Wednesday, February 09, 2011

The Original Source of the John Willis Tale

Chrispy understands that HPL used Skinner's book for his reference on John Willis. However, there were versions of Skinner's source circulating in Myths and Legends of Our Own Land. Skinner's original source has been located, or at least a reasonable version of it. It is below. In addition, a digest of this story circulated in wire services for some time, as it was found in "A Battle of Phantoms In The Valley of Death", Ellesmere Gauradian (NZ), Vol XII, Issue 1151, 24 May 1893, page 4. (Not reproduced here).

A few of Skinner's phrases are lifted whole cloth, and Lovecraft adds the enhancemens of an invisible army to set up an element of armored cavalry. This is not in either of the two renditions.

What is odd is that "part two" of that Mound paragraph contains some elements that seem not to be in Skinner, but in the original article.

First we will show Skinner, and then Lovecraft, and then the entire article.

Myths and Legends of Our Own Land
By Charles M. Skinner

A Battle in the Air

In the country about Tishomingo, Indian Territory, troubles are foretold by a battle of unseen men in the air. Whenever the sound of conflict is heard it is an indication that many dead will lie in the fields, for it heralds battle, starvation, or pestilence. The powerful nation that lived here once was completely annihilated by an opposing tribe, and in the valley in the western part of the Territory there are mounds where hundreds of men lie buried. Spirits occupy the valley, and to the eyes of the red men they are still seen, at times, continuing the fight.

In May, 1892, the last demonstration was made in the hearing of John Willis, a U.S. Deputy Marshal, who was hunting horse-thieves. He was belated one night and entered the vale of mounds, for he had no scruples against sleeping there. He had not, in fact, ever heard that the region was haunted. The snorting of his horse in the middle of the night awoke him and he sprang to his feet, thinking that savages, outlaws, or, at least, coyotes had disturbed the animal. Although there was a good moon, he could see nothing moving on the plain. Yet the sounds that filled the air were like the noise of an army, only a trifle subdued, as if they were borne on the passing of a wind. The rush of hoofs and of feet, the striking of blows, the fall of bodies could be heard, and for nearly an hour these fell rumors went across the earth. At last the horse became so frantic that Willis saddled him and rode away, and as he reached the edge of the valley the sounds were heard going into the distance. Not until he reached a settlement did he learn of the spell that rested on the place.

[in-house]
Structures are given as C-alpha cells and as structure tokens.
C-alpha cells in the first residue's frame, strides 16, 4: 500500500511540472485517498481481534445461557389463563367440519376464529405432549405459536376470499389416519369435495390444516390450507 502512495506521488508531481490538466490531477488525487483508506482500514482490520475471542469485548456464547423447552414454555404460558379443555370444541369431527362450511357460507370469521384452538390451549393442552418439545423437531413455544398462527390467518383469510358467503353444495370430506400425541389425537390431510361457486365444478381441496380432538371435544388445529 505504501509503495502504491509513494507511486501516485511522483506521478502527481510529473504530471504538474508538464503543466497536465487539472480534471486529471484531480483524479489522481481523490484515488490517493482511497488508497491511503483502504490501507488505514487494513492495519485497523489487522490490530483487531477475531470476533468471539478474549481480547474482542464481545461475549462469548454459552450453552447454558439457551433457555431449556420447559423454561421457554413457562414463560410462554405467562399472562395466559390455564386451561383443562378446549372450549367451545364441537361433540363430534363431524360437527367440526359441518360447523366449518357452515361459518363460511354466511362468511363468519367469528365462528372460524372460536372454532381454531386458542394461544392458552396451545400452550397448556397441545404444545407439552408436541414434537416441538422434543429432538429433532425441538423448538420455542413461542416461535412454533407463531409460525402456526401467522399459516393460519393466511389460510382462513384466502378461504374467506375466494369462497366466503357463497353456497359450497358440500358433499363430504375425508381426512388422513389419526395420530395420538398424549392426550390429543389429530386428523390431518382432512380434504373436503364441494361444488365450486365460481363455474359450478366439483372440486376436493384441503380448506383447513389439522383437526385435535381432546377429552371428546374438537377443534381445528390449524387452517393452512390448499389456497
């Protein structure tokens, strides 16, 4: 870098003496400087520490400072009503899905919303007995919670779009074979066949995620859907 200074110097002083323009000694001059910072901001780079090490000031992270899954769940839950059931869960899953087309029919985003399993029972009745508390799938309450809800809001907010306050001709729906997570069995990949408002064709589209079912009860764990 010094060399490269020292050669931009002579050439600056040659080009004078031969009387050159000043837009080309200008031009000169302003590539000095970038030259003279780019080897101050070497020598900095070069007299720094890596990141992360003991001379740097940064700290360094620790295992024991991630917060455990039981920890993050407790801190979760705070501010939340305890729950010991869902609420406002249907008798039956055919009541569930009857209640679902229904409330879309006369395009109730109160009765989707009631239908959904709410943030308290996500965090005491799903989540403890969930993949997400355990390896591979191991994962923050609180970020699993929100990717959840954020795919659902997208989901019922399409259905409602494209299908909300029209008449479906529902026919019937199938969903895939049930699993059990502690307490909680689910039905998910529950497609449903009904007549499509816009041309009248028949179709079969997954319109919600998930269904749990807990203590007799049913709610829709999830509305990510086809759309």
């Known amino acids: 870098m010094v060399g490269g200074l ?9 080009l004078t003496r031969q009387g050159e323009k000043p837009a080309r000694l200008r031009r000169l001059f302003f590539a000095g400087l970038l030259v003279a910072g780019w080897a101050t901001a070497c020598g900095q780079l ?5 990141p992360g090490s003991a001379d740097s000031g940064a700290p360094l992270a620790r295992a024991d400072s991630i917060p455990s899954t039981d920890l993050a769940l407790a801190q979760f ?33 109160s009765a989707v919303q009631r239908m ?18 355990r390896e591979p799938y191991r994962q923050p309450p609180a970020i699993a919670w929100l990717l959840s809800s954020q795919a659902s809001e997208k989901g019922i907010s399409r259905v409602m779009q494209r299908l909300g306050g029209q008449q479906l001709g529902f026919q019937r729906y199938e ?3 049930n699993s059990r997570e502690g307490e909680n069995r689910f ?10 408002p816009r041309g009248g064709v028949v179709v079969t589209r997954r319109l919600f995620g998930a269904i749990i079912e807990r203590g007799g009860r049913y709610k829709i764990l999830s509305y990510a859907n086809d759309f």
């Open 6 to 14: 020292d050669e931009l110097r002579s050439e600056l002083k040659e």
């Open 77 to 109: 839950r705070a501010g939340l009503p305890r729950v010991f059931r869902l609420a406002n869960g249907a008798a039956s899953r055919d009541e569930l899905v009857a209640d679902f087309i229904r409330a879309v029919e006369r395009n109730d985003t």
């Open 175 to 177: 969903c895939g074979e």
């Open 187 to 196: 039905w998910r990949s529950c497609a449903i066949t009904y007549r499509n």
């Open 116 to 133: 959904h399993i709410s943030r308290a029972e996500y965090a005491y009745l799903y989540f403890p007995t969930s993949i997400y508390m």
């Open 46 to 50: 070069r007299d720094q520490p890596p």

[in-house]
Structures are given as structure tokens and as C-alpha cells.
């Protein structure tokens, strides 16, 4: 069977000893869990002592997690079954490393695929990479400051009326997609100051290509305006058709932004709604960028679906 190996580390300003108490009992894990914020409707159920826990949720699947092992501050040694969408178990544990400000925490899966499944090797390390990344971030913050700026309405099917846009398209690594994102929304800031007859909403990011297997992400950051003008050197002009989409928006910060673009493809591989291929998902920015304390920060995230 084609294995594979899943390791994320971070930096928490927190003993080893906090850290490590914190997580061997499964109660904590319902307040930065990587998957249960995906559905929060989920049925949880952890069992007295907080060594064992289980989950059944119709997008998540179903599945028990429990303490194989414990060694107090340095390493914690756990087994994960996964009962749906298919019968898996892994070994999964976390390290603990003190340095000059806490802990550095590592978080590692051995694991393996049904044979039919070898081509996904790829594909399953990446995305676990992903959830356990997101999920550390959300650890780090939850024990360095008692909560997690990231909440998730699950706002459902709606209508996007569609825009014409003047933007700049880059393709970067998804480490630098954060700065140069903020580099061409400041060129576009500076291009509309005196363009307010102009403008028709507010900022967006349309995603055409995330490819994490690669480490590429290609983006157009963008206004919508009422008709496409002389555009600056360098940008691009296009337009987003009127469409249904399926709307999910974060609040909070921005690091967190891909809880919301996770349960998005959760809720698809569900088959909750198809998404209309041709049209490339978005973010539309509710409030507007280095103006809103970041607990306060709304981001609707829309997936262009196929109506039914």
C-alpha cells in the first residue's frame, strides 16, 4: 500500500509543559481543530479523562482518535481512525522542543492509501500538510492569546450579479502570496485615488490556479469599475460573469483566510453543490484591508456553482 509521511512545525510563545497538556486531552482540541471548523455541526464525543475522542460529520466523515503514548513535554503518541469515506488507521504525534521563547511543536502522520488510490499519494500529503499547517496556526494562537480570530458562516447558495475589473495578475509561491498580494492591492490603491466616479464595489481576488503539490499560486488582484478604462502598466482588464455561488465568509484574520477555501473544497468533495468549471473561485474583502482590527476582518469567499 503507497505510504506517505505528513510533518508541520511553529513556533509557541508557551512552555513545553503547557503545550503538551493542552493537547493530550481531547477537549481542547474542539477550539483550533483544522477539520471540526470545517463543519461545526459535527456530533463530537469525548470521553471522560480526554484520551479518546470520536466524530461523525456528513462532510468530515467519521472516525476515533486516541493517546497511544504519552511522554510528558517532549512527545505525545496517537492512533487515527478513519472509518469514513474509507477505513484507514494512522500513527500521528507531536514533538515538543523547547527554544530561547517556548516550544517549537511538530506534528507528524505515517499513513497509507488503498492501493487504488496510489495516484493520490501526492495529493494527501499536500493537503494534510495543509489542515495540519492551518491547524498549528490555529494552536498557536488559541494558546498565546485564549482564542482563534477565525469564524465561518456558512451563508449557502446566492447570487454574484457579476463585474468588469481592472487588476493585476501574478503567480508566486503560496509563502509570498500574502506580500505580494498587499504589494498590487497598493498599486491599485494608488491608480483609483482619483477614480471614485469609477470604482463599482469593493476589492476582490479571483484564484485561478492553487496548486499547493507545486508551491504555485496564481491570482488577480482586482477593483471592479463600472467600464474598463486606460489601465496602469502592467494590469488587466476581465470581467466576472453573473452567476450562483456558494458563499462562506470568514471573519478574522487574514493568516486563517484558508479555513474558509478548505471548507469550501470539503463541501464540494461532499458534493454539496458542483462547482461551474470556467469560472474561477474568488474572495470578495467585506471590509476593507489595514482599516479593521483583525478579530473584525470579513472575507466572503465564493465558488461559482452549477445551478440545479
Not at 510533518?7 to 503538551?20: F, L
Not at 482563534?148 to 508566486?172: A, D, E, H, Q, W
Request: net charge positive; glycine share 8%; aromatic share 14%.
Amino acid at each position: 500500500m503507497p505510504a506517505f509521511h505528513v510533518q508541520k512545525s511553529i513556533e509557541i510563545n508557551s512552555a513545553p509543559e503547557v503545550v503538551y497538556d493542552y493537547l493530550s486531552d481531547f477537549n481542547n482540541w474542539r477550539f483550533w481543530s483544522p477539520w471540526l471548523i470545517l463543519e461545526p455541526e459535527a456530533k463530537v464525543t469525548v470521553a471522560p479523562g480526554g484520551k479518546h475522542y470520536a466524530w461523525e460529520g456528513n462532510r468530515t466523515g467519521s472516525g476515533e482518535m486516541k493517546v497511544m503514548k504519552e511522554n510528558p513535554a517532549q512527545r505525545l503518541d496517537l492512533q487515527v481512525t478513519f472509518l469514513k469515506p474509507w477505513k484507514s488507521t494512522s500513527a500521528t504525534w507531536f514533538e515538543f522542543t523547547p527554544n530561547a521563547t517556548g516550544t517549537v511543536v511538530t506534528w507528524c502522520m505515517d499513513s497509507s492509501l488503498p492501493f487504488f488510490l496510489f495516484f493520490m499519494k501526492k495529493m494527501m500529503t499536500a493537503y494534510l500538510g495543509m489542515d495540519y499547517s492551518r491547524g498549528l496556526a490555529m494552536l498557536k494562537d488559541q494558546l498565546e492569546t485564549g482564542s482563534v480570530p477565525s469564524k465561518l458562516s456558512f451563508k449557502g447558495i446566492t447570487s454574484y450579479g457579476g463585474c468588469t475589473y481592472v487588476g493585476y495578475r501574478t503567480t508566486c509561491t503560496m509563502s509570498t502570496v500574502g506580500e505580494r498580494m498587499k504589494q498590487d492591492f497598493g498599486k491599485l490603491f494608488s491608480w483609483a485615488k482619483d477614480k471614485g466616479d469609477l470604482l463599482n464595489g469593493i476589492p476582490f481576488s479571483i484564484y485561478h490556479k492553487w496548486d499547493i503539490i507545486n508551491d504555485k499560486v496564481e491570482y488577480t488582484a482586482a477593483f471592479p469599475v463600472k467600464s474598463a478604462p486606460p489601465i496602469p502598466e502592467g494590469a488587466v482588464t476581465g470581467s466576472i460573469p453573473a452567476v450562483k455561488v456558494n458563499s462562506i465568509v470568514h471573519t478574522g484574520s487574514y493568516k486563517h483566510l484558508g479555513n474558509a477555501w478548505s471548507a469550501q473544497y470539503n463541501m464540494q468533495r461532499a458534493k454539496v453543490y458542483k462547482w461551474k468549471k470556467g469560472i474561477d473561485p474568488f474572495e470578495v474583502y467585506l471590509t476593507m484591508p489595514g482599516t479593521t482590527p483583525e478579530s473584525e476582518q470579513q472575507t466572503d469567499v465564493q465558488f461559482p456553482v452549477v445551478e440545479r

Lovecraft, for Zealia Bishop, in The Mound

The commonest, and among the oldest, became quite famous in 1892, when a government marshal named John Willis went into the mound region after horse-thieves and came out with a wild yarn of nocturnal cavalry horses in the air between great armies of invisible spectres — battles that involved the rush of hooves and feet, the thud of blows, the clank of metal on metal, the muffled cries of warriors, and the fall of human and equine bodies. These things happened by moonlight, and frightened his horse as well as himself. The sounds persisted an hour at a time; vivid, but subdued as if brought from a distance by a wind, and unaccompanied by any glimpse of the armies themselves.

{CP added Paragraph >}Later on Willis learned that the seat of the sounds was a notoriously haunted spot, shunned by settlers and Indians alike. Many had seen, or half seen, the warring horsemen in the sky, and had furnished dim, ambiguous descriptions. The settlers described the ghostly fighters as Indians, though of no familiar tribe, and having the most singular costumes and weapons. They even went so far as to say that they could not be sure the horses were really horses.


The Muncie Daily News
19 July 1892
Page 4, Col 2

. An Indian Scare

. Disaster Feared by Tribes in Indian Territory

. Traditions Which Presage Dire Trouble – Visions of Phantom Warriors in Deadly Combat Produce Consternation